Even if goods are delivered to a retail customer who subsequently declares bankruptcy, a creditor may have the following rights:

  1. Reclaim the goods under US Bankruptcy Code Section 546(c).
  2. Assert an administrative expense claim for goods the retailer received within 20 days of the retailer’s bankruptcy filing under US Bankruptcy Code Section 503(b)(9), assert a claim for mutual prepetition setoff, or both.
  3. US Bankruptcy Code Section 546(c)(1) provides that, with some limitations, “a seller of goods that has sold goods to the debtor, in the ordinary course of such seller’s business, [may] reclaim such goods if the debtor has received such goods while insolvent” within 45 days of the petition date. A demand for reclamation must be made “not later than 45 days after the receipt of such goods by the debtor, or not later than 20 days after the commencement of the [bankruptcy case], if the 45-day period expires after the commencement of the bankruptcy proceeding.”

Even though the US Bankruptcy Code appears to afford broad relief to creditors, in practice its application is sometimes limited. Certain US bankruptcy jurisdictions require that the retailer still possess any goods the supplier seeks to reclaim. And Section 546(c) specifically provides that reclamation rights are “subject to the prior rights of a holder of a security interest in such goods or the proceeds thereof,” to the extent that if a retailer’s secured lenders have a floating lien on inventory, the lenders’ security interest will be senior to any reclamation rights a supplier may have. Thus, while Section 546(c) provides sellers with some protections, it does not eliminate altogether the risk associated with providing goods to distressed US entities.

Other Remedies

In addition to the reclamation rights afforded under Section 546(c), you may also have other available remedies under the code. Section 503(b)(9) provides creditors with an administrative expense claim for goods (not services) that a debtor receives in the 20 days before the debtor files for bankruptcy. Section 503(b)(9), which is not dependent on a retailer’s continued possession of goods and that often results in a dollar-for-dollar recovery, is generally recognized as an alternative (and more desirable) remedy to reclamation rights. Section 553(a) also preserves a creditor’s rights to offset mutual pre-bankruptcy debts under non-bankruptcy law. Offset claims are essentially secured claims and—like Section 503(b)(9) claims—often result in a dollar-for-dollar recovery.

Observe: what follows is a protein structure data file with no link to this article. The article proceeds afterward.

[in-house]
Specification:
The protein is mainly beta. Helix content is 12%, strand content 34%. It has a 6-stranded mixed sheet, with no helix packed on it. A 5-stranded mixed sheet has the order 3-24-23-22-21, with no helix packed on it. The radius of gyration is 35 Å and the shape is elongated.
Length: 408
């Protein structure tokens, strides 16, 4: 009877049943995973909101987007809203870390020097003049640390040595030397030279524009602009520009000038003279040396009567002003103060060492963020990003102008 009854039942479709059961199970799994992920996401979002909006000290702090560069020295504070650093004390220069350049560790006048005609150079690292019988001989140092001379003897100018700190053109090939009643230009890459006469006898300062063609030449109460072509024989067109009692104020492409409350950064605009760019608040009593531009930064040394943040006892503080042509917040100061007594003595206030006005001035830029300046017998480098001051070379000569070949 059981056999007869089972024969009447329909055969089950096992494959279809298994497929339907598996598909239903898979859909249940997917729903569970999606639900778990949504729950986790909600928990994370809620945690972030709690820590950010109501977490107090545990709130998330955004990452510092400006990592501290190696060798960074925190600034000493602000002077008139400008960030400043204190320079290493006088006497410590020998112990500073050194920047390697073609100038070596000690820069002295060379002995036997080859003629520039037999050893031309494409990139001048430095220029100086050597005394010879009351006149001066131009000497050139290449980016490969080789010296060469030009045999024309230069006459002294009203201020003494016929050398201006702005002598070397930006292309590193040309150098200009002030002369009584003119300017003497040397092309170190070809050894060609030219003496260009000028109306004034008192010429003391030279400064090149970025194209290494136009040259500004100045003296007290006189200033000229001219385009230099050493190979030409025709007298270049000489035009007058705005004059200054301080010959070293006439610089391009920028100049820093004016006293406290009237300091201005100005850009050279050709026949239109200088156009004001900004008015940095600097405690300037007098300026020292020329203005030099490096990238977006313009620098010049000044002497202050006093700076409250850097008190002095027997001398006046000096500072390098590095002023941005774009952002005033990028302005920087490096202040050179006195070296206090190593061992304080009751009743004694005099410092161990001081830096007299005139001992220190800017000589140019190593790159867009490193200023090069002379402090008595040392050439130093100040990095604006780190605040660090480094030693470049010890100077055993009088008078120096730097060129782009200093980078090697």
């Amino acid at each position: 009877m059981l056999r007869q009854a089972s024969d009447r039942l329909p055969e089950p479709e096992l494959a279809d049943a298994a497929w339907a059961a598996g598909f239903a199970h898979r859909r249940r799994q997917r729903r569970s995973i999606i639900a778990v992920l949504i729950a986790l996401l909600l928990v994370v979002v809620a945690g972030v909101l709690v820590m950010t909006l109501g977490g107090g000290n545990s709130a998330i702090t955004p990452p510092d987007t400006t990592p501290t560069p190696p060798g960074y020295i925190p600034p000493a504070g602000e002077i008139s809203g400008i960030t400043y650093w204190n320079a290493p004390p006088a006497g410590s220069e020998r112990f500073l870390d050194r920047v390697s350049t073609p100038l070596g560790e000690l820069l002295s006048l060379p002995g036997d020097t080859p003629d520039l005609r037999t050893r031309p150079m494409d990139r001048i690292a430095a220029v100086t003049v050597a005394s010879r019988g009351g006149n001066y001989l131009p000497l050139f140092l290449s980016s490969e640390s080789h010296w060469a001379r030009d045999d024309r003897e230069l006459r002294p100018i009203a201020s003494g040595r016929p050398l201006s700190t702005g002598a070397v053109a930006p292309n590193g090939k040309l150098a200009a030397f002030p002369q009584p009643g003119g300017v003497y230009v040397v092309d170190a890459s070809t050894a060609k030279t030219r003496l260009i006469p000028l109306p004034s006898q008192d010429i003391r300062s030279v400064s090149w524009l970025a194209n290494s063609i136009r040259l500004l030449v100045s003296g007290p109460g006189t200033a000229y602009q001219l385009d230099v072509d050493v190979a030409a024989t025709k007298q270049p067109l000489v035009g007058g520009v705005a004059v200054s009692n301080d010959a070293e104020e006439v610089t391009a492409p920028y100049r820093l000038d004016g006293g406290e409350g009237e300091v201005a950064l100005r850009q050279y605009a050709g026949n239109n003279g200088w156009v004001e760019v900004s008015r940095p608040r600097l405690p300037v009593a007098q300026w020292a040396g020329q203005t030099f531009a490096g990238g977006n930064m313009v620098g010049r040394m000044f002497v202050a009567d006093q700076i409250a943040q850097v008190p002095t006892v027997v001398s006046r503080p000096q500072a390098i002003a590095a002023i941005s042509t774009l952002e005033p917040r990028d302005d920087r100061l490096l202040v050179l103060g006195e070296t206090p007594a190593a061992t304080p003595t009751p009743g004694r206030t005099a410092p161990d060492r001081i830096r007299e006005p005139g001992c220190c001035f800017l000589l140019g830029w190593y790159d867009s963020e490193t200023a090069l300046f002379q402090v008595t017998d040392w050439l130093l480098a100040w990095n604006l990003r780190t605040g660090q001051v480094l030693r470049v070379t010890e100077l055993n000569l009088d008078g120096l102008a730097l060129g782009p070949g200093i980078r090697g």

Consult Counsel Before Taking Action Against a Bankrupt Retailer

In summary, when a Canadian supplier learns that a US customer is contemplating bankruptcy, it is strongly advised they explore all options to mitigate losses. The rights afforded under both the UCC and the US Bankruptcy Code may provide creditors meaningful mechanisms by which to do so. Because the mechanics for invoking these provisions can be complex, any Canadian supplier to a US retailer should always consult with US counsel before taking any action. Doing so ensures that your rights are exercised correctly, maximizes your ability to get paid, and limits any potential losses.